In other words, using logs, large rocks, and earthen materials we will take a section of the creek and build up natural material to create a constantly flowing fish ladder (and prime habitat) for fish.

5. Where will the creek restoration be located? Why?

The location for the restoration is just a few yards northwest of Lakeside’s current wastewater treatment plant at the end of Park street in Lakeside. The site is surrounded by land owned by the City of Lakeside and just downstream of the high-water spillway ditch. The site was chosen for the proximity to the spillway ditch as whatever elevation we raise the creek bottom must be accounted for during high water periods. The solution will include improvements and expansion of the high-water spillway ditch. Having the site be 100% on city land simplifies the approval process and site access.

6. What is the current timeline for completion of this project?

Given the long lead times for the 404-permit process and grant writing, the earliest we could hope for completion of the project would be in the Fall of 2020. Restoration Grant submissions are usually due in June at the end of the fiscal year. The 404 permit approvals could take up to 120 days, assuming there are no issues that need to be addressed. If we fail to get the necessary approvals and funding, the next earliest would be Fall 2021. The project would need to be completed in the fall when the waters are at their lowest.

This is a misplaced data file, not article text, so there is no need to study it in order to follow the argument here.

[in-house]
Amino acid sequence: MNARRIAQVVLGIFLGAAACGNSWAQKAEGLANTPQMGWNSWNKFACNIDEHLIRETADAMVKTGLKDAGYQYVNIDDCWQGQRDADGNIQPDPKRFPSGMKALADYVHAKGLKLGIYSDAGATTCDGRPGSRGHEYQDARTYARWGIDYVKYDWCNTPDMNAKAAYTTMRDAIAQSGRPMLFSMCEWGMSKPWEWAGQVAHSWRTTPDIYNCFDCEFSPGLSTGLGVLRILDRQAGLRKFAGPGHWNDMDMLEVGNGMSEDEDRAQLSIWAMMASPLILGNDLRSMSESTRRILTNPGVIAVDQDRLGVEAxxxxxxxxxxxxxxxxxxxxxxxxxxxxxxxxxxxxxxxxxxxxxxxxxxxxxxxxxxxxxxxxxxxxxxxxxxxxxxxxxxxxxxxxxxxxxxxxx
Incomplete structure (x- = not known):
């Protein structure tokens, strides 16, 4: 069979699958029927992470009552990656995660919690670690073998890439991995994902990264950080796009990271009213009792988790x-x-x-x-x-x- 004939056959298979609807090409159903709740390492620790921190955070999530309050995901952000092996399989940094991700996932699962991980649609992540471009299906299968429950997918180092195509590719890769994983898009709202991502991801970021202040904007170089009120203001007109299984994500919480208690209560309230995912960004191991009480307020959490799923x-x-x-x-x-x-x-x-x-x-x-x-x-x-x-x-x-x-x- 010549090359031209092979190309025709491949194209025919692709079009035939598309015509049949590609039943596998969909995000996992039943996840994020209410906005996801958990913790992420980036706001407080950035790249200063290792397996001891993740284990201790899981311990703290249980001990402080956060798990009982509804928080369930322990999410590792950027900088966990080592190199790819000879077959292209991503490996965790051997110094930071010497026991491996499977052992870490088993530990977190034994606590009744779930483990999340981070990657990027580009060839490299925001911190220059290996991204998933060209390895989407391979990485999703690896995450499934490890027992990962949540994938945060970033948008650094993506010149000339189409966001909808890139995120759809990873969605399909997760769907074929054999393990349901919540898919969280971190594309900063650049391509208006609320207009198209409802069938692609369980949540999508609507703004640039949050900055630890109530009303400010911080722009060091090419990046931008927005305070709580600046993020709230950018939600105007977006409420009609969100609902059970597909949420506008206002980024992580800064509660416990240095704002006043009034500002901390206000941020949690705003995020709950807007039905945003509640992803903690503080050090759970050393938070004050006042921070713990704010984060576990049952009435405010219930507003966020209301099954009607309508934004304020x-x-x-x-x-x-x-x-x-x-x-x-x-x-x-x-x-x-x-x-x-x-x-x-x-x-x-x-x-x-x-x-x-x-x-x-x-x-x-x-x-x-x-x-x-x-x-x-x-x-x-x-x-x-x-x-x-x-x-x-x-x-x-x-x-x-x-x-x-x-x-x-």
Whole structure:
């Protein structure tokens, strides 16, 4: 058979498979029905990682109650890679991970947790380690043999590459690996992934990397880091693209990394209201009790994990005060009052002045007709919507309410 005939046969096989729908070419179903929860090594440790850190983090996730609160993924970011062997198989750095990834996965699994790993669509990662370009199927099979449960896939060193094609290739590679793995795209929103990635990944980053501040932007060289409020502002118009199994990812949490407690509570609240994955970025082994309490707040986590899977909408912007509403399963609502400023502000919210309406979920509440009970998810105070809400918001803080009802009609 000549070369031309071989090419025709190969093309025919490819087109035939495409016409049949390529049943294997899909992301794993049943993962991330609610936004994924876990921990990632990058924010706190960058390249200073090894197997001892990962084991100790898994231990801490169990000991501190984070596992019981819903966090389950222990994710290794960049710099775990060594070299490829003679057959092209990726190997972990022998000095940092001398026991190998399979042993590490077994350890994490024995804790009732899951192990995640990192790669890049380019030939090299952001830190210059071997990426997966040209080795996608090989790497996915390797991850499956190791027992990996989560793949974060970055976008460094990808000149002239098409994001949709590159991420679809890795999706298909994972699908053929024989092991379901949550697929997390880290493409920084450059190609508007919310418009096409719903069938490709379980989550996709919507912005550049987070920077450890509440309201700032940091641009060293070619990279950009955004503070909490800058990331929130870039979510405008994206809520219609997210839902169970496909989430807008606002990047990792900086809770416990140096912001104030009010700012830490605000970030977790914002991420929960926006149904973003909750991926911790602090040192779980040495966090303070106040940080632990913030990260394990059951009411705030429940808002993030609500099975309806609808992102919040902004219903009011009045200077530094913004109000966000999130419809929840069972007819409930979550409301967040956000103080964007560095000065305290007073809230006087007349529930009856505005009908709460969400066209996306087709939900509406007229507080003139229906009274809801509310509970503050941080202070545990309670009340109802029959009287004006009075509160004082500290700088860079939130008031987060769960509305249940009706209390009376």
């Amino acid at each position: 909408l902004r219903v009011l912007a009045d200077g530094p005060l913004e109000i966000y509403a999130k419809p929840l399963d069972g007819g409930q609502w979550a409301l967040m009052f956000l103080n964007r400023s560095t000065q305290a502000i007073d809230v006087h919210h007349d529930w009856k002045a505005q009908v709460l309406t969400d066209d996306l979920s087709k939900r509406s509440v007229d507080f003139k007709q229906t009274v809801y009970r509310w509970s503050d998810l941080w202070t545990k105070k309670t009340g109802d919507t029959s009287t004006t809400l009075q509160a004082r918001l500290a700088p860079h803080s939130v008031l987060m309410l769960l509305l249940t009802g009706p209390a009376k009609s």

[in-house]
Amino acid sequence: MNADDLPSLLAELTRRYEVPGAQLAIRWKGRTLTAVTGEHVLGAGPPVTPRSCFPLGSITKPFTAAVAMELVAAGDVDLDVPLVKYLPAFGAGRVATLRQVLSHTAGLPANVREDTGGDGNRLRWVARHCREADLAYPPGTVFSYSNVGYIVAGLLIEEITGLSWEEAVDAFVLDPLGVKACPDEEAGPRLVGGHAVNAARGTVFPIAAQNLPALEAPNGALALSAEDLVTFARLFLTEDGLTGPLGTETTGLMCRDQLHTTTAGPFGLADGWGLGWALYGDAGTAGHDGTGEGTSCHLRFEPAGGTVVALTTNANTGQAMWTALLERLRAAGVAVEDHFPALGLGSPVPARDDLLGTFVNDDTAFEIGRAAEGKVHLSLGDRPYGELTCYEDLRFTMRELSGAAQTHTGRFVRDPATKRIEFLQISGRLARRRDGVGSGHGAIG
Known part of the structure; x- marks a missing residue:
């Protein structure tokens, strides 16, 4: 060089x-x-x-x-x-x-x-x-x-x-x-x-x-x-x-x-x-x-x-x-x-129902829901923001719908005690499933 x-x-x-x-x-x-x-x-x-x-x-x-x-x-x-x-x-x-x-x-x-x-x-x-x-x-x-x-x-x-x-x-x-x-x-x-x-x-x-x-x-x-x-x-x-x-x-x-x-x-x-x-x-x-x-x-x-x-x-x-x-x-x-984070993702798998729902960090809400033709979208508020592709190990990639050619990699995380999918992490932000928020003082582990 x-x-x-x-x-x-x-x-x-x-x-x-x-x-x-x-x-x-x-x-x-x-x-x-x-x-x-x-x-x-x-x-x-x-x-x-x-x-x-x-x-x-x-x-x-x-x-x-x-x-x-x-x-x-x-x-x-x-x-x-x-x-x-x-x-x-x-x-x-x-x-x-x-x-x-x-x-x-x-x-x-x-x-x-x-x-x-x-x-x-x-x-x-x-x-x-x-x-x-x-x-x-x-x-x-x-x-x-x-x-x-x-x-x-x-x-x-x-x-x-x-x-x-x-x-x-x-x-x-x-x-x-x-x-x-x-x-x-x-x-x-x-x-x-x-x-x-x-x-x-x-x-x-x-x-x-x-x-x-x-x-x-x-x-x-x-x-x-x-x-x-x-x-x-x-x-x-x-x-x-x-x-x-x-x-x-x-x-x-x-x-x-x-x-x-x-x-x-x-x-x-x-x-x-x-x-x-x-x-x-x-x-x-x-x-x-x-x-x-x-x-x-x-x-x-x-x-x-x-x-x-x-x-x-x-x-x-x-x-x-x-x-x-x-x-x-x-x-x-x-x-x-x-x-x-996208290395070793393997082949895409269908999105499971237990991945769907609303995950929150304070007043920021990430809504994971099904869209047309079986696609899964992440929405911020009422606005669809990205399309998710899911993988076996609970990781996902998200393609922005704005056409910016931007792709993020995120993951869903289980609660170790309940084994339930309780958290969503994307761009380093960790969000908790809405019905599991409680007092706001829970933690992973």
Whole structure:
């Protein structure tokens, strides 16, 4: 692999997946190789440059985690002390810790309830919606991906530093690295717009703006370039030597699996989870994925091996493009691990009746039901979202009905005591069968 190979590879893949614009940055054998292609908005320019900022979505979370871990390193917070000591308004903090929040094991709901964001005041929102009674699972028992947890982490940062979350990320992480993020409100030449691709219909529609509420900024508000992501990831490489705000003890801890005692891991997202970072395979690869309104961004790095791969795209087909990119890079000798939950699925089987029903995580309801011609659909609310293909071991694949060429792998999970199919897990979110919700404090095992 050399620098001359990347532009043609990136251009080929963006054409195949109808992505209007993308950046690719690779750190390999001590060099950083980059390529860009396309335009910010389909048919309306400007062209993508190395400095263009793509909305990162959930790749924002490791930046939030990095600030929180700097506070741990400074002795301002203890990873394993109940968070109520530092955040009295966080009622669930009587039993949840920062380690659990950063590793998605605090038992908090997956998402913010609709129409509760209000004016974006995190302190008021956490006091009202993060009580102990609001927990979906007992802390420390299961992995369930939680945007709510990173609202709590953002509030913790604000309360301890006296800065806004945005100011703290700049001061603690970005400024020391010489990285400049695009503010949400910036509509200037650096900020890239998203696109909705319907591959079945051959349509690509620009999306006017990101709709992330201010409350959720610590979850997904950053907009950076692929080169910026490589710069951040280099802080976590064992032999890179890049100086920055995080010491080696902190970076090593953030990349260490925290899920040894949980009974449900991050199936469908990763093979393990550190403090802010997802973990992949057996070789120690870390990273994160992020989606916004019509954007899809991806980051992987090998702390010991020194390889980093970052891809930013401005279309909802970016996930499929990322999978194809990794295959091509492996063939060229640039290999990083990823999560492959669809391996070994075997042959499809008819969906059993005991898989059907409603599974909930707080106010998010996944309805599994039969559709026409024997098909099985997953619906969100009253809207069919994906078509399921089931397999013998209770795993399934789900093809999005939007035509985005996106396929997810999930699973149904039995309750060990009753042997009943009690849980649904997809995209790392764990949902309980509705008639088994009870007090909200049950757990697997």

7. What other solutions have been attempted? Why did they fail?

Dams. Since the early 1990’s there have been numerous efforts to retain water in the lake. The first and most ambitious attempt was led by the Coos Bay/North Bend Water District as they looked to the lake as a source for water for their growing communities. This effort precipitated the formation of the Tenmile Lakefront Owners Association (now the TLA) in 1995. The water district’s effort was opposed by the lakefront owners as they feared their lake would be emptied to support Coos Bay and North Bend communities. The project failed to be implemented and shortly thereafter environmental regulations changed that would have severely limited when they could have pulled water from the lake. Had the dam been built, we would likely not have problems today. All subsequent efforts (traditional, gated weir, inflatable bag designs) have failed due to water rights issues and/ or the exorbitant costs associated with building a modern dam.

8. Has there been any opposition to the project? What’s their objections?